After nine years of epileptic seizures and no success stopping them, Sheri Finstad was ready to try an experiment.
In October, she came to Rochester, where Mayo Clinic doctors implanted a device in her brain designed to deliver mild electrical pulses and record the brain's reaction.
It's a stimulation therapy used typically to treat Parkinson's disease and other neurological disorders. Finstad, a 32-year-old social worker from Fargo, became one of two patients to try it for epileptic seizures after federal regulators OK'd an exemption.
Since the surgery, she's had dizziness and headaches — but just one seizure.
Finstad's therapy is still in its infancy and will need years of clinical studies and FDA approval for any broader use. But her case is helping doctors learn more about how the brain reacts to epilepsy, a condition affecting some 60,000 people in Minnesota and nearly 3 million in the United States.
"We can see exactly what our stimulation does to the ongoing activity in the brain," said Finstad's neurologist, Dr. Matt Stead. "That will allow us ... hopefully to understand better what patterns and types of stimulation are most likely to suppress their propensity toward seizures."
Inside Finstad's brain, electrodes are connected to wires that go down the side of her neck to two stimulators, similar to a pacemaker. Each one is about the size of a small deck of cards. Doctors implanted them just below her collarbones. Inside each device, there's a battery that supplies energy and circuits that provide stimulation and sensing.
The Food and Drug Administration approved a similar device in 2013, the RNS System, made by California-based NeuroPace, but Stead says Finstad's system, made by Twin Cities medical device maker Medtronic, lets doctors record the brain's activity while the stimulation is occurring.
The stimulation is constant, sending low frequency signals to Finstad's brain. She can't tell the device is on.
Pacemakers have had the capability to sense cardiac signals for several decades. But it's been harder to replicate that in the brain, said Tim Denison, a senior engineering director at Medtronic.
Brain signals are "about 1,000 times smaller than what we see off a typical pacemaker," he said. "So it's an real engineering challenge to get the resolution to those signals and especially to try to sense those small signals in the presence of stimulation."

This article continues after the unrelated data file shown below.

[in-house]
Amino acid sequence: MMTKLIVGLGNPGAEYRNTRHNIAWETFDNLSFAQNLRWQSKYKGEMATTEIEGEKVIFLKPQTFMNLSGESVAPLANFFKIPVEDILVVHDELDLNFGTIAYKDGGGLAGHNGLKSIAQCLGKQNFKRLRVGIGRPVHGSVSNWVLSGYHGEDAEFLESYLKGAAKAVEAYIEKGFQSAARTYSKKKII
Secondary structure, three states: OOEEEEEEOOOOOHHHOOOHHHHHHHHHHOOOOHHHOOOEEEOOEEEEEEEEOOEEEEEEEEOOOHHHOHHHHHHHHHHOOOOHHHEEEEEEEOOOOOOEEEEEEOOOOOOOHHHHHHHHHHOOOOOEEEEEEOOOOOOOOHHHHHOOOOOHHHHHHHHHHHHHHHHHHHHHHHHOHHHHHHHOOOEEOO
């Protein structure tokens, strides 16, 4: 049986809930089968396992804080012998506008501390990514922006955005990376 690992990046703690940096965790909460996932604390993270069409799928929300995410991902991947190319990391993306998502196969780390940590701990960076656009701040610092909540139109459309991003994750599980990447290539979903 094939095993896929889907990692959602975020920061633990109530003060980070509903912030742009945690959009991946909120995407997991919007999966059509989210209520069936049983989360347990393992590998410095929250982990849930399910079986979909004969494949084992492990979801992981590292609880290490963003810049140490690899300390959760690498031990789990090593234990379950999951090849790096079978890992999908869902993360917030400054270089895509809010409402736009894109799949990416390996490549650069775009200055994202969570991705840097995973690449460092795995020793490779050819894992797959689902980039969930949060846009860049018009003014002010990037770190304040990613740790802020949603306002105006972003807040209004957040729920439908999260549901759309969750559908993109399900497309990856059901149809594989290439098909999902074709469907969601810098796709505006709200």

Denison led the team that developed the technology. He wouldn't say how much the device costs, but comparable systems that don't have the ability to record data, range in price from $15,000 to $30,000, according to Mayo's Stead.
Medtronic is providing the devices to Mayo and Finstad for free. Finstad's insurance is covering the cost of the surgery at Mayo. It's unclear what that total will be.
Denison says the device is meant to be a general investigational tool for researchers to explore how stimulation might be used on a variety of diseases, not just epilepsy.
"We started out making sure we can cover our base therapies today of Parkinson's disease, tremor and dystonia," he said. "Researchers, such as those at the Mayo Clinic, are looking at expanding it into other indications, such as epilepsy."
The deep brain stimulation provided some relief for Finstad, who was back at Mayo recently for her first follow-up visit.
The device implant became an option after years of medications and diet changes didn't help ease the seizures.
"I could go weeks without having them, but once I would have seizures, it was unknown how quickly or frequently that they would take place and how impacting that they would be," she said.
Like about a third of people with epilepsy, she didn't respond to traditional treatments. Removing the area of her brain causing the seizures also wasn't an option. With the seizures coming from multiple parts of her brain, surgery might have brought memory loss.
Since the surgery, "I've had some instances where I'll feel really dizzy and then after that I'll end up having a headache afterwards. And then I'll be fine," she told Stead.
"My interpretation is probably those are maybe auras... and technically an aura is the very beginning of a seizure but it sounds like maybe they're getting aborted," Stead told her.
Finstad laughed nervously. "I might start crying," she said. "This could be working."